Aliens and Copyright

In class on Tuesday I said that school has killed my creativity.  Some people replied that they are more creative during class and not less.  I used to also be relatively creative during class, but this year has been both tiring and demanding, leaving me with little energy left for more creative pursuits.  Luckily there is light at the end of the tunnel, and even now my creativity is starting to return.  So in honour of our final assignment, here is the first story I have written since late December.  If I have a bit of time, I’ll post pictures this weekend as well.  Enjoy!

*

You see, the reason I don’t have my essay is a funny story.  I was walking towards my car with my essay physically in hand when all of a sudden I felt a tap on my right shoulder.  I turned and found myself face to face with a green alien, complete with a spaceship.  He peered at me from eyes on weird stalks, blue eyes that swivelled to take in his surroundings.  He was feathered with a large hooked beak.  He looked like he once had wings, but those wings had long since evolved hands with long, thin fingers and opposable thumbs.  After the initial shock, all I could think was birds look better without pants.

“My name is Tekna.  I am here to ask you about Canadian copyright laws,” he said in a strange, robotic voice; I think he must have had something translating his speech.  I know, it’s the weirdest thing!  I mean, why would he care about copyright laws?  And why was he specifically interested in Canadian copyright laws? 

“Well, you’re in luck, as I just wrote an assignment on copyright in the age of the internet,” I said, waving the papers I held.  Tekna snatched my assignment from me.  “Hey!  I need that!”

“This assignment may prove useful.”  He turned towards his ship, a rounded saucer that reminded me of a bird’s nest.  After fiddling around with some controls, he fed the paper into a strange computer, which immediately projected some strange symbols into the air.  They reminded me of musical notation.  He studied these symbols for a moment.  “What is CBC?”

“That’s the Canadian Broadcasting Corporation.”

“According to your assignment, this CBC says copyright is ‘a bundle of rights granted by the Copyright Act, which prescribes when a person can enjoy exclusive rights in a work, which works merit protection and which activities a copyright owner can prevent others from engaging in1.’  Why would you want these rights?” 

That was when it dawned on me: his ship must have translated my essay into his language!  “Well, as Wikipedia says, it protects a person’s intellectual property from being reproduced without permission2.  Copyright was created once it was easy to write down and reproduce ides.  It is a way for people and corporations to ensure they make the money from reproducing a work.  They do not want anyone else reproducing something and selling it for profit.”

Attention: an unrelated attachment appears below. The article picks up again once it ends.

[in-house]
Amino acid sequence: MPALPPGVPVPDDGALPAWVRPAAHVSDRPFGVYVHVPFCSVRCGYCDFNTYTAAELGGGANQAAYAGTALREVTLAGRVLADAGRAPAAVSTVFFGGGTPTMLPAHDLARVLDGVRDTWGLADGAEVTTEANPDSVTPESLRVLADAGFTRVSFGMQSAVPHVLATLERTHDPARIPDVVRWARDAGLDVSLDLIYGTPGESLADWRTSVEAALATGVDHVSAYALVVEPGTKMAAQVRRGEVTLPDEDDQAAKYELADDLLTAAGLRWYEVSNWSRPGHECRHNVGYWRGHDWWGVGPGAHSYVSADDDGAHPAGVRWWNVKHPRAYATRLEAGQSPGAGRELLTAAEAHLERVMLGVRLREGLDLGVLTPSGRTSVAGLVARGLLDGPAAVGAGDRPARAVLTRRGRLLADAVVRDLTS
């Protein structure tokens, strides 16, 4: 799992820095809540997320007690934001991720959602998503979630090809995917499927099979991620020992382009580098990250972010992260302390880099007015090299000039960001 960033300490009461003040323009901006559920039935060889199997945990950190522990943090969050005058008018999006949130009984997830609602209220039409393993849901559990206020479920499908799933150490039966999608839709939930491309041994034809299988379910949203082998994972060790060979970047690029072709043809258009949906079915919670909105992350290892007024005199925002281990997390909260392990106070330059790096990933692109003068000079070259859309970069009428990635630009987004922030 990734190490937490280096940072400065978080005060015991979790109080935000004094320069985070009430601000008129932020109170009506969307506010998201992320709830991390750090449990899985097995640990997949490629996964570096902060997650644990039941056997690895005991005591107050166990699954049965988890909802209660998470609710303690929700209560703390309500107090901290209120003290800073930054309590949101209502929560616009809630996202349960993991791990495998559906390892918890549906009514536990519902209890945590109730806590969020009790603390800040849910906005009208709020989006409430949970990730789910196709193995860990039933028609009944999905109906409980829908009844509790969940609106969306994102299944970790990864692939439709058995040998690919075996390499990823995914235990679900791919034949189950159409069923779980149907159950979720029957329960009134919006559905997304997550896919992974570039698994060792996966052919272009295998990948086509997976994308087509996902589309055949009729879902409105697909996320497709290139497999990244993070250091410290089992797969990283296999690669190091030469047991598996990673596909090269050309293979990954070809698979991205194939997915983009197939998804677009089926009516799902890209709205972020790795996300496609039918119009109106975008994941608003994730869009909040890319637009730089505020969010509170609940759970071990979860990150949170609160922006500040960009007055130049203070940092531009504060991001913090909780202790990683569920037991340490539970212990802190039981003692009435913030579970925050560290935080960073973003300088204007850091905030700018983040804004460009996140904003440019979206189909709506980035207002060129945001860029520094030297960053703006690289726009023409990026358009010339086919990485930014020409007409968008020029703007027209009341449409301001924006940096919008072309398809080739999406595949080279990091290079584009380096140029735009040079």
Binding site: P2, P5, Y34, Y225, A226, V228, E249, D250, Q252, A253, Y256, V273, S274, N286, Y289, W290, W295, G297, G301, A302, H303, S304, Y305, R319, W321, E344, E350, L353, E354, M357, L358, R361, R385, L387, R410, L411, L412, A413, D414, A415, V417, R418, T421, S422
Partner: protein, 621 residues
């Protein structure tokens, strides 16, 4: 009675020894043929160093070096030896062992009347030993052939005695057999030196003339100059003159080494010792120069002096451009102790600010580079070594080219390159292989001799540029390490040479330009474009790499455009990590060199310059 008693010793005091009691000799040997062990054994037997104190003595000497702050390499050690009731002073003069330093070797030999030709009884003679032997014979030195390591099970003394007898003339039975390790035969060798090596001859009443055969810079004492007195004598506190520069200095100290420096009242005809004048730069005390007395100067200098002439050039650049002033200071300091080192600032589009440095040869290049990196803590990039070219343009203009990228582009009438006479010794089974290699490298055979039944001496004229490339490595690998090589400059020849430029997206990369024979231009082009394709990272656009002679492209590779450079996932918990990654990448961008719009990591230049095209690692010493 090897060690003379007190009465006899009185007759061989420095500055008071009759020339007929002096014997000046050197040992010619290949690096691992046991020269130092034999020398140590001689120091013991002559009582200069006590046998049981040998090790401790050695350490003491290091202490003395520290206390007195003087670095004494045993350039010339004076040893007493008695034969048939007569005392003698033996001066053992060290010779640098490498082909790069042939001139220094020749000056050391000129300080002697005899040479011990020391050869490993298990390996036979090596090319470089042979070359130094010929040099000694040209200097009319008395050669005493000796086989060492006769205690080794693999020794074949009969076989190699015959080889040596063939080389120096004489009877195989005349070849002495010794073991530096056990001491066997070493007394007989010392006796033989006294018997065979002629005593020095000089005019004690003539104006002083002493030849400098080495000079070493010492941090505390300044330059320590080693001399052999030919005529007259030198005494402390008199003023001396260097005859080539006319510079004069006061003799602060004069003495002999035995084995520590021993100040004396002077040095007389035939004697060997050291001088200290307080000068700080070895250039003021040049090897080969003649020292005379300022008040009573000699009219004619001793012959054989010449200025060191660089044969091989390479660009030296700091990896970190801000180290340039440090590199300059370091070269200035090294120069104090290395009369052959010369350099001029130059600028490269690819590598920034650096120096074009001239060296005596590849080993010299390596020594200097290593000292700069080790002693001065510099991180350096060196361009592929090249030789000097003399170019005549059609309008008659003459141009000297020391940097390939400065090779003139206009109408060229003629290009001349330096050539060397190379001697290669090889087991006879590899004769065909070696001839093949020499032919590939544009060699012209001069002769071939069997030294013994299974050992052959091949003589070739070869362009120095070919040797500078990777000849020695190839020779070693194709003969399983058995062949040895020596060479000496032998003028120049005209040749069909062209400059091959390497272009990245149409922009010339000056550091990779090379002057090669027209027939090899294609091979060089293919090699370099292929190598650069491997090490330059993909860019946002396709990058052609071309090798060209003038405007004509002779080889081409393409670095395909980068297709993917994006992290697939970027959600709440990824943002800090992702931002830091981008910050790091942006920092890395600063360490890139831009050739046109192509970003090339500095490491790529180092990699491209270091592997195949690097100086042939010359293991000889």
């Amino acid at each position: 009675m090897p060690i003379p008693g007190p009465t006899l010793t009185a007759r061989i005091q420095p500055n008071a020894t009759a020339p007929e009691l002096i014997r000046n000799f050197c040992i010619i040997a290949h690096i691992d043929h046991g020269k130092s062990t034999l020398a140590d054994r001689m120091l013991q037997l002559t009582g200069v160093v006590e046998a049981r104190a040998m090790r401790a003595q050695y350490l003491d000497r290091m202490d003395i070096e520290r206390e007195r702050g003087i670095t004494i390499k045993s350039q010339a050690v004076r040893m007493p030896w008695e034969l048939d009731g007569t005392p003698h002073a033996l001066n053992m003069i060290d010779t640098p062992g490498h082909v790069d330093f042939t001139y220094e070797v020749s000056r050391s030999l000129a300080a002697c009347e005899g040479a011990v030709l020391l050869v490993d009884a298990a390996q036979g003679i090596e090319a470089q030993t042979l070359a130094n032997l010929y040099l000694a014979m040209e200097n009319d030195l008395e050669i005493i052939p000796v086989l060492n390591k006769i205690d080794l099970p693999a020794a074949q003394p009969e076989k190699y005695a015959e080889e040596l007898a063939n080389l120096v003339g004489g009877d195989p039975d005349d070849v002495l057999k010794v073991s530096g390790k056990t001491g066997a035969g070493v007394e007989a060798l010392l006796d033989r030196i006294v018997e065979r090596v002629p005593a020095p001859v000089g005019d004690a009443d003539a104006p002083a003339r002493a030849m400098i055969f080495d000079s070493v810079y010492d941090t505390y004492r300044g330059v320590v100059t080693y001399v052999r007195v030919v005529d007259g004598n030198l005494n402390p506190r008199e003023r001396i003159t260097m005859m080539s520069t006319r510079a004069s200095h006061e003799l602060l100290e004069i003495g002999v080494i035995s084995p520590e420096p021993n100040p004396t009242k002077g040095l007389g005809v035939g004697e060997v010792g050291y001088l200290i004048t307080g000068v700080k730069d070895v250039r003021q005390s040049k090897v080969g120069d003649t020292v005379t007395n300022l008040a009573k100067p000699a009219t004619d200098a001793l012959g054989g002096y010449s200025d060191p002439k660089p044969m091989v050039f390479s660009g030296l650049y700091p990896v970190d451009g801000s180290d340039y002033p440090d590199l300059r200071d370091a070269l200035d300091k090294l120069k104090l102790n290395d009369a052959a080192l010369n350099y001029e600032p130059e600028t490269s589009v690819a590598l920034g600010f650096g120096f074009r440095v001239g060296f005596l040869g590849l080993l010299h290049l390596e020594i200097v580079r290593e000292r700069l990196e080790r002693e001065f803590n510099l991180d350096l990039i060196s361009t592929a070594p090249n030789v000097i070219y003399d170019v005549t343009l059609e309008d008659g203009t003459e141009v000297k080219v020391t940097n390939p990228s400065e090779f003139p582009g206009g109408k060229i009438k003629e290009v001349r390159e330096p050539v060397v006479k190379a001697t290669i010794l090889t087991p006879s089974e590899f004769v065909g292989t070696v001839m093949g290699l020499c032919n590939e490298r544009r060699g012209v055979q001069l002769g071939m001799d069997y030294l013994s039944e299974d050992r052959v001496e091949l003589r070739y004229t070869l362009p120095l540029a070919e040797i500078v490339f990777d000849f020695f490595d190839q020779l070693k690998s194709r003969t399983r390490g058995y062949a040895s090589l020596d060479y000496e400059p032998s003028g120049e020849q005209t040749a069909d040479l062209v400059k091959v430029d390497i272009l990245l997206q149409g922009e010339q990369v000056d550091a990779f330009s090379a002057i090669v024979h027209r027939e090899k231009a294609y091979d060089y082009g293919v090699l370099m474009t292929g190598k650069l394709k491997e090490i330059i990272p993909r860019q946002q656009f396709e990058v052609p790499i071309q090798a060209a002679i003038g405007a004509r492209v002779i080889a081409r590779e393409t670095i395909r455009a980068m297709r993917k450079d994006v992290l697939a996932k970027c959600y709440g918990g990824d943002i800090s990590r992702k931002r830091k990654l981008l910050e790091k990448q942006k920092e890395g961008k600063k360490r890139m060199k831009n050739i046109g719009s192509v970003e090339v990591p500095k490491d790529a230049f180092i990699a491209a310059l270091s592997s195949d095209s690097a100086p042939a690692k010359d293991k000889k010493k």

“But it says here that copyright has to be rethought because of the internet.  Why?”

“Do you even know what the internet is?” 

“That is not important.”

“Well, the internet is complicating the issue because information is available for free1.  So now people can easily make copies.  And they are missing the distinction between free to use and free to copy1 by freely making copies when they shouldn’t.  Oh, and people are now taking existing materials and changing them into something new.  But copyright is criminalizing this new kind of creativity that emerged with the internet.  Under our existing copyright laws, this is a criminal act3.  So we need to find a way to decriminalize the remixing of media while still protecting the economic rights of the original creators.”

“That sounds like a challenge to negotiate.”

“It will be.  Like I said, we need to balance the rights of everyone because both sides are equally important3.  We do not want creators of the new, remixed media to be criminals.  But we need to make sure people are still paid for creating their own original content.”

“And what sort of digital copyright law do you think will best serve your academy?”

This was definitely the weirdest question of all!  It made me think Tekna was some sort of weird test you must have cooked up for all of us students.

Anyway, I had to think about this one for a moment.  “I think that students still need to respect the ideas of other people with proper documentation.  But I agree with Michael Geist4.  Research that results from publicly granted funds should be freely available to the public.  The public is funding it, so they should not be denied access to whatever their money has bought.”

“That sounds like a good assessment.  Thank you for this information.  You have provided some excellent insights that will help my people in our own struggle with copyright laws.”

And with that he hopped back into his spacecraft and flew away.  It was only after I watched him take-off that I realized he still had my assignment.  Even more mysteriously, when I ran back inside to reprint the essay, the entire file was gone!  And that’s why I wasn’t able to hand my assignment in today. 

So can I please have an extension?

*

Notes

1. “Copyright and the Web.”  CBC.ca.  CBC, 22 Sept. 2006.  Web.  23 March 2010.

2. “Copyright.”  Wikipedia the Free Encyclopaedia.  Web.  23 March 2010.

3. Lessig, Larry.  “Larry Lessig on laws that choke creativity.”  TED.com.  TED, March 2007.  Posted Nov 2007.  Web.  23 March 2010.

4. Geist, Michael.  “Canadian Universities Too Close Minded on Open Access.”  Michaelgeist.ca.  19 Oct. 2009.  Web.  23 March 2010.

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